Sammie’s adoption papers didn’t tell the whole story so I wrote to the Baltimore Animal Rescue and Care Shelter (BARCS) to find out how Sammie came to them. This is what they told me:
Rock [Sammie’s name at the time] was surrendered to Animal Control in December of 2020, which is how he ended up with us. His owner stated she moved and her new lease did not allow dogs, so she couldn’t keep him any longer. Unfortunately, that is all of the information we were given. He was only in our care for two days before Saved Me pulled him from us.
Since one person had told me that Sammie had been found abandoned on the streets of Philadelphia, I went back to Saved Me for the continuation of Sammie’s story. Here’s what they said:
Yes, he did arrive from Baltimore that quickly. His intake here was before both [our] time so I don’t know how she found him but I know that she went down to BARCS and pulled 2 unrelated dogs the same day – him and a pittie. He was then adopted very soon after, just a few days later in December 2020. I don’t think the staff at the time really got to know what he was like that soon. He eventually came back to us 8/25/2021 and has been at our shelter ever since.
I find both stories of Sammie’s surrender curious. About Baltimore, I ask: if you’ve had a dog for ten years, why move to a place that won’t allow pets? Unless, of course, the dog has become old and hard to handle. Same with the Philadelphia story. After nine months living with the dog, you would think you would know better than to try to cut his bangs with a scissors. Other notes mention a boyfriend getting bitten.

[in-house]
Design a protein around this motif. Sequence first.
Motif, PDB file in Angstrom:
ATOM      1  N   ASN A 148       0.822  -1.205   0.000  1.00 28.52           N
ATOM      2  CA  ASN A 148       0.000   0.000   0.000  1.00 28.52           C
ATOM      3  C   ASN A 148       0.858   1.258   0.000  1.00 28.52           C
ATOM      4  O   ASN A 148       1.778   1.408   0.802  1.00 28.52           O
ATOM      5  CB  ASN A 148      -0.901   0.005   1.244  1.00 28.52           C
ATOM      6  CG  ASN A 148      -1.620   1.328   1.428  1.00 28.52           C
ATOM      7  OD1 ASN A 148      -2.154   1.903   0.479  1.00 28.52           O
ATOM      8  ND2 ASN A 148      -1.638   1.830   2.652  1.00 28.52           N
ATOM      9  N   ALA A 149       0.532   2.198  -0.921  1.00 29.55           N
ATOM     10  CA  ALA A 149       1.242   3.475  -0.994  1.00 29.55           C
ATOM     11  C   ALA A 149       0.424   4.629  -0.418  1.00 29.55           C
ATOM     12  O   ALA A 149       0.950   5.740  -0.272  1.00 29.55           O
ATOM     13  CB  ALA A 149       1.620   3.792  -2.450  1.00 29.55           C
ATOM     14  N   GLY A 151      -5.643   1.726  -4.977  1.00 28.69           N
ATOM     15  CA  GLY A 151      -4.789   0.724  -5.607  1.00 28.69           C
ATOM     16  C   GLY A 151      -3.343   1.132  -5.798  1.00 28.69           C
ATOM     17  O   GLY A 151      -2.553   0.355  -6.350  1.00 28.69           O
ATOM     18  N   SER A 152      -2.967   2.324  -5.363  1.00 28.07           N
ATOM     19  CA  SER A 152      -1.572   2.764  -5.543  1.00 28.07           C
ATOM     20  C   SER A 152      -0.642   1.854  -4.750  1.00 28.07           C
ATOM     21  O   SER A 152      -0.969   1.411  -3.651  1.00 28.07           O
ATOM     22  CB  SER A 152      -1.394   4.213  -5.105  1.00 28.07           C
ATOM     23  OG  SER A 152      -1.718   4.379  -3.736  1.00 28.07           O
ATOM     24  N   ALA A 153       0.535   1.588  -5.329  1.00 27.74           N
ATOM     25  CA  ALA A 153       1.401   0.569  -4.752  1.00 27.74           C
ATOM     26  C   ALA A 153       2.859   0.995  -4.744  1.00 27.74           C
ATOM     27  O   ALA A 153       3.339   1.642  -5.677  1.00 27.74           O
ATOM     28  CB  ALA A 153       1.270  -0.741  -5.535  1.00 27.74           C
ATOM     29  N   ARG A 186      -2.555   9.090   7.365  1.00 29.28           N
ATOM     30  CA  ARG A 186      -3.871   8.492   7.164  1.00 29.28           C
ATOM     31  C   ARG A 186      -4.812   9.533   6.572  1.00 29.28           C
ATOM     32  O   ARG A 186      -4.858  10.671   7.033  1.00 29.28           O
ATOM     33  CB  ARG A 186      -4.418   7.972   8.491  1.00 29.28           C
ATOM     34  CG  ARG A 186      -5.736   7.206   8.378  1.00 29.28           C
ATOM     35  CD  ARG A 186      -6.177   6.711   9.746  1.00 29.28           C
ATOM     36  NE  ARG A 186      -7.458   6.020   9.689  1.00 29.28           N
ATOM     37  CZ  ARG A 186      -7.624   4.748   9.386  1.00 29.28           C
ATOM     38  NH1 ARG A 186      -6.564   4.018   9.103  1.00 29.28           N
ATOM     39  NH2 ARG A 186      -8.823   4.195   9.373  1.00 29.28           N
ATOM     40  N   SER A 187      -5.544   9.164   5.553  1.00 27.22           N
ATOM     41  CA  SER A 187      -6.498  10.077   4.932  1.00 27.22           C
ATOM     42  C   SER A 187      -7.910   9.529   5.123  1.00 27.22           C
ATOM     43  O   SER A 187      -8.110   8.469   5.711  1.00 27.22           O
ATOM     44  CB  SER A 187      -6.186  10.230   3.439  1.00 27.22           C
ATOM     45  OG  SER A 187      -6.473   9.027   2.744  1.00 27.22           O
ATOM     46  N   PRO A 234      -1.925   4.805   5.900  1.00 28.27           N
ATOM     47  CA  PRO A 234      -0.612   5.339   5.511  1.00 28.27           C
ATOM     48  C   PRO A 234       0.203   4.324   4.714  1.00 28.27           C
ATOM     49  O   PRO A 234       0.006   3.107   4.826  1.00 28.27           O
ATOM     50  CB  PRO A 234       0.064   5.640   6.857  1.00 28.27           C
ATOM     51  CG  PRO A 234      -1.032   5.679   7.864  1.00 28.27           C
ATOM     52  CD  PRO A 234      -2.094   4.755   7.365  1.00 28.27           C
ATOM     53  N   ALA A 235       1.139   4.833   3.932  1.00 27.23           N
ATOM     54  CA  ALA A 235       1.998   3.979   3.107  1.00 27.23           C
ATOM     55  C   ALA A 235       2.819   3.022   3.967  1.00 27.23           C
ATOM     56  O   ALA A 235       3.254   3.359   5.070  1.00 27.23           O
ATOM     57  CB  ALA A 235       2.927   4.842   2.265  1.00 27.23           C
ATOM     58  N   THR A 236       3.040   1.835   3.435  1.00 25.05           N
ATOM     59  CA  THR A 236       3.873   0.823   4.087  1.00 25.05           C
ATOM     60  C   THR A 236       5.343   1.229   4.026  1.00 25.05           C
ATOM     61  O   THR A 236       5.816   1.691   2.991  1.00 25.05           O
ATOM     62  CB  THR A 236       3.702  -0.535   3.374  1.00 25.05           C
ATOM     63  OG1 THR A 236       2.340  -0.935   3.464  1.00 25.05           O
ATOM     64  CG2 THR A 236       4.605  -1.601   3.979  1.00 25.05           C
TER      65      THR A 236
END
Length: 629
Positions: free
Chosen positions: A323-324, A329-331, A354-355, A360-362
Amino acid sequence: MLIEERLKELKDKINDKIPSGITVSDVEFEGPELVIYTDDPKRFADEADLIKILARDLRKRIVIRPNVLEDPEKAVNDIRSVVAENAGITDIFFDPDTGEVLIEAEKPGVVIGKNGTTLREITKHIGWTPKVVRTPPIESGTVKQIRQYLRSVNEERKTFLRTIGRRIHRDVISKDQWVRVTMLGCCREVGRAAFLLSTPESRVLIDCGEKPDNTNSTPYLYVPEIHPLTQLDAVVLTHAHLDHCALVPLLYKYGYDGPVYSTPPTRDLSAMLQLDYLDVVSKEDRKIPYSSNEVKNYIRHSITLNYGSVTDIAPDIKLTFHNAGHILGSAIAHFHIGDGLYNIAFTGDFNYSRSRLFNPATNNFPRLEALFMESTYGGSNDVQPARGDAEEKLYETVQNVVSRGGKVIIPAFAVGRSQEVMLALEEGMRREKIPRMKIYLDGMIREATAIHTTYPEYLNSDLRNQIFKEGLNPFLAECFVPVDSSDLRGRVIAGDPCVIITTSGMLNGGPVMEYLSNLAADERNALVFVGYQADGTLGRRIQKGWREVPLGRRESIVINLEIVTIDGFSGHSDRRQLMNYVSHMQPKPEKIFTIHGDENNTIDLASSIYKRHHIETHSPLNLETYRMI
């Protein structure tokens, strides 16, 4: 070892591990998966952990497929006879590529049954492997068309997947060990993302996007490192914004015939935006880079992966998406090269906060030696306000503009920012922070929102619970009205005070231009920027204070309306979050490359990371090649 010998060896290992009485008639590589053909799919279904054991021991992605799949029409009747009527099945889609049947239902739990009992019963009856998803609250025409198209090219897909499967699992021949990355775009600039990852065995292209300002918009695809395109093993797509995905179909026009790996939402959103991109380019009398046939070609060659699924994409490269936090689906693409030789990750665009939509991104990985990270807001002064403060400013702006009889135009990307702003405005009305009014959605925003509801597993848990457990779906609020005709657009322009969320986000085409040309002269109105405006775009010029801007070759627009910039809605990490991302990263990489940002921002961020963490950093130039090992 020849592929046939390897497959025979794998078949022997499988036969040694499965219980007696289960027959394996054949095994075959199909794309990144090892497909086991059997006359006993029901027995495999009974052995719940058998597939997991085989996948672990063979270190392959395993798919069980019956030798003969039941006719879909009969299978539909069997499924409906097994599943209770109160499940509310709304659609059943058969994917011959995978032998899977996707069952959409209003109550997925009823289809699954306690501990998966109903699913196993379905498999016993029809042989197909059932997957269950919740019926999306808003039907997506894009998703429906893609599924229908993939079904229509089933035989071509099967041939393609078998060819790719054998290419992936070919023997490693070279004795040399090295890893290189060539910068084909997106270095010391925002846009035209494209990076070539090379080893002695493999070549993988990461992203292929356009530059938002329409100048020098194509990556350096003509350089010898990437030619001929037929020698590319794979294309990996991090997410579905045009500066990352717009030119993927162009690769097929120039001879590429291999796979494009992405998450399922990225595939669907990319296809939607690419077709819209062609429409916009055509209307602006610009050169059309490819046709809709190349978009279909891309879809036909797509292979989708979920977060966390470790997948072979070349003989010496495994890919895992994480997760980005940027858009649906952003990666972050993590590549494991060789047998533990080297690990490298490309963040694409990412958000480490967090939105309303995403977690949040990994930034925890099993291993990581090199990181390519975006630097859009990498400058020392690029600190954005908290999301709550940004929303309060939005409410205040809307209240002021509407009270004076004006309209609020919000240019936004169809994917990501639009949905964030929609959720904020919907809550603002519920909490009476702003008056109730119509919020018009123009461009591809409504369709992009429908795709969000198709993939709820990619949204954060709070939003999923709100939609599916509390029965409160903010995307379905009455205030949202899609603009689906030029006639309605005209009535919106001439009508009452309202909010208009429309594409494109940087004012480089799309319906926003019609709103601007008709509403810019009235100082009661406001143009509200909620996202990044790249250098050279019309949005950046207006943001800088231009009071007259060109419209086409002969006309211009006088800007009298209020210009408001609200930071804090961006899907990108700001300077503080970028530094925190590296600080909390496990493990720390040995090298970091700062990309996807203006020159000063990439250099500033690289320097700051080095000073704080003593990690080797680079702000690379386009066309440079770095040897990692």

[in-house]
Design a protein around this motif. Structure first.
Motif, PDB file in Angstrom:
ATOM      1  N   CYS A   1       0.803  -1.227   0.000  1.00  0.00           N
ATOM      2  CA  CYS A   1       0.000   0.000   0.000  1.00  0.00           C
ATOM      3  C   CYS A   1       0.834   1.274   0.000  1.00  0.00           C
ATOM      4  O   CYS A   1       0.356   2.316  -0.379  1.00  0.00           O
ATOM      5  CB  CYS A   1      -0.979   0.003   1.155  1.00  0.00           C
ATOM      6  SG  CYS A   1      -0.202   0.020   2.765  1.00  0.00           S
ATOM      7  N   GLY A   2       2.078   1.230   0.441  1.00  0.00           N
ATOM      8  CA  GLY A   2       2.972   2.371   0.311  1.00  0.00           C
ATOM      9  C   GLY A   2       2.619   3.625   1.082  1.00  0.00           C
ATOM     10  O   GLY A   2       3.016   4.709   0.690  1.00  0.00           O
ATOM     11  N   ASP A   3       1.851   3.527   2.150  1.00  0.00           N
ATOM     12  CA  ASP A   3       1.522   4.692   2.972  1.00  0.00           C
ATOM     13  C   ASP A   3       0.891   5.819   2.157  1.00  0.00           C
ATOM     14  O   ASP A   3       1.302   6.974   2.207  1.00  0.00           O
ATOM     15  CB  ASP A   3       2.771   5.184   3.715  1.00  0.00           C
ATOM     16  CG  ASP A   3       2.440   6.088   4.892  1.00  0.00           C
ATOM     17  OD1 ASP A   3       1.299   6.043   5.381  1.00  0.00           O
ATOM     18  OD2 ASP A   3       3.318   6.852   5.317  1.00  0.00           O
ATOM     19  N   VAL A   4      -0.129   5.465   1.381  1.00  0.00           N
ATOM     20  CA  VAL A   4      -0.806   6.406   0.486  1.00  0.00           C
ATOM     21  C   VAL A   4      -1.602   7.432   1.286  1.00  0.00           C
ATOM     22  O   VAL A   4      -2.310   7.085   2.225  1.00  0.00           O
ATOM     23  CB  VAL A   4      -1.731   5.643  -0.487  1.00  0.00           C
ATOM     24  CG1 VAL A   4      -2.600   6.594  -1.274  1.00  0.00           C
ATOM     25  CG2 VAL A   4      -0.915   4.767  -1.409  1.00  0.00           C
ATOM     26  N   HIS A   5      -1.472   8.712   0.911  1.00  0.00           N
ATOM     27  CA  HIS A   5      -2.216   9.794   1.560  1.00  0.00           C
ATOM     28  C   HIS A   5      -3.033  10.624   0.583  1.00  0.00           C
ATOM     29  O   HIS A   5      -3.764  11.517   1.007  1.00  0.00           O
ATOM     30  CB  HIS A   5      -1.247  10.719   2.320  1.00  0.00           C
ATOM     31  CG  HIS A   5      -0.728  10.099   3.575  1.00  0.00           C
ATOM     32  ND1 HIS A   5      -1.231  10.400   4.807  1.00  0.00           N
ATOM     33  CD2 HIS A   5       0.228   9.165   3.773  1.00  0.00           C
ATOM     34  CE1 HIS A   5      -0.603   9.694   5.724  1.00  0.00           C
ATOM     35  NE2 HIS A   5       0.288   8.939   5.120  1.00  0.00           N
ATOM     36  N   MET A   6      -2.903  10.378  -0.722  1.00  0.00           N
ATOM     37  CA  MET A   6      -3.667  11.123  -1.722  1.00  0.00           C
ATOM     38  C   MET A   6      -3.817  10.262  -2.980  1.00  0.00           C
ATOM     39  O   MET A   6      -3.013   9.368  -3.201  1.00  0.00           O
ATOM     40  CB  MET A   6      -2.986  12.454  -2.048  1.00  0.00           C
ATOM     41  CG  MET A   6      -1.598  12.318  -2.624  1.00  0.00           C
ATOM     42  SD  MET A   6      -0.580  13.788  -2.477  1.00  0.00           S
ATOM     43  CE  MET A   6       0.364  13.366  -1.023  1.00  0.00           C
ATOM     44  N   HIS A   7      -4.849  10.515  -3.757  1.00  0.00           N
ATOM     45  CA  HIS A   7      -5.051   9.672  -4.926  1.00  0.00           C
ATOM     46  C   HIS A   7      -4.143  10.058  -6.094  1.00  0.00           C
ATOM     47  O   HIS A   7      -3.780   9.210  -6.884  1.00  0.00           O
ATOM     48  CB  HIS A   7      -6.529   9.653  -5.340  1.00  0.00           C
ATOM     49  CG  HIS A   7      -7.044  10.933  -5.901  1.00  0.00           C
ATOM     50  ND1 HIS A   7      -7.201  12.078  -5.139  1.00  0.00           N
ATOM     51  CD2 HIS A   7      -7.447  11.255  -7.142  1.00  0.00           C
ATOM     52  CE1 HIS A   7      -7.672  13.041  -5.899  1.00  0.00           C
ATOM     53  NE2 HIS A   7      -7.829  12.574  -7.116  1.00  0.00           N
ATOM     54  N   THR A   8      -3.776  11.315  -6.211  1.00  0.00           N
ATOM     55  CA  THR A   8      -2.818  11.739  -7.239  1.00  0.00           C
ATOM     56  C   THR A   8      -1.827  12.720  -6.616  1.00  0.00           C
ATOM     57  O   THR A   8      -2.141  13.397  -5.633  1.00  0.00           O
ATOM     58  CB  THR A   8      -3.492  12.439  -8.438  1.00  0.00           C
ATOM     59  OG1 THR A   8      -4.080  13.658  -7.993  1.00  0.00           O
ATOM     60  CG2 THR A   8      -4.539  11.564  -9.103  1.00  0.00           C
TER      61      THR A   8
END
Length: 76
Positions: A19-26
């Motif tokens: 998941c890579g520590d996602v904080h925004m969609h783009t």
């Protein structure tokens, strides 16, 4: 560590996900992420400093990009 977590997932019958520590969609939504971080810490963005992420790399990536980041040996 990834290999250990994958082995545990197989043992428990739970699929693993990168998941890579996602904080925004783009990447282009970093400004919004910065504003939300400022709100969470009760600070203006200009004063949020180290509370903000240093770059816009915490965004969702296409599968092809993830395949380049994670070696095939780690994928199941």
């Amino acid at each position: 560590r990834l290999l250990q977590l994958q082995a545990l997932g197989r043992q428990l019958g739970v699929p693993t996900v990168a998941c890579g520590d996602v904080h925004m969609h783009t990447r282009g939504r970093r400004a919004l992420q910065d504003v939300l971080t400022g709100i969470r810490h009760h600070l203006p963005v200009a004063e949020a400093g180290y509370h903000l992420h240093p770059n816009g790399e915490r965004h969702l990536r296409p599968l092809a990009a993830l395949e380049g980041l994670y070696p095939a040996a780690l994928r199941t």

In any case, Sammie was in the shelter for almost a year before coming to live with me. He’s settled on one corner of the couch as his. Sometimes he’s on the arm, sometimes (as above) he’s on the top of the back of the couch, mostly he cuddles into some blankets on the seat. When he’s not snoozing, he watches out the window.
I titled this post Reverse Engineering (1) because it backtracks how Sammie became the doggie-self that he is. Reverse Engineering (2), which I originally set out to write, will talk about what I’ve been reading lately about how that sense of self arises. Back in June, Carlo Rovelli’s latest book alerted me to the writings of the scuba-diving philosopher Peter Godfrey-Smith. Since then, I’ve read his book Other Minds, which mostly focuses on his studies of octopus minds. From there I went to his follow-up book Metazoa: Animal Minds and the Birth of Consciousness, which takes a broader look at how consciousness, mind, and self arise during the course of evolution. For someone who is especially interested in the Buddhist teaching of not-self, I am challenged by PGS”s assertions of finding self emerging not only in mammals, but cephalopods like the octopus, and even in bees. Now I’m plowing through the child psychologist Jean Piaget’s classic study of The Origins of Intelligence in Children, the first of three volumes on the development of mind, consciousness, and self in humans. I wonder if ontogeny recapitulates phylogeny in the mind as well as the body.
Not to worry that I’ve totally nerded out. I’m now immersed in Slough House, book 7 of Mick Herron’s wonderful spy series about the Slow Horses of MI-5.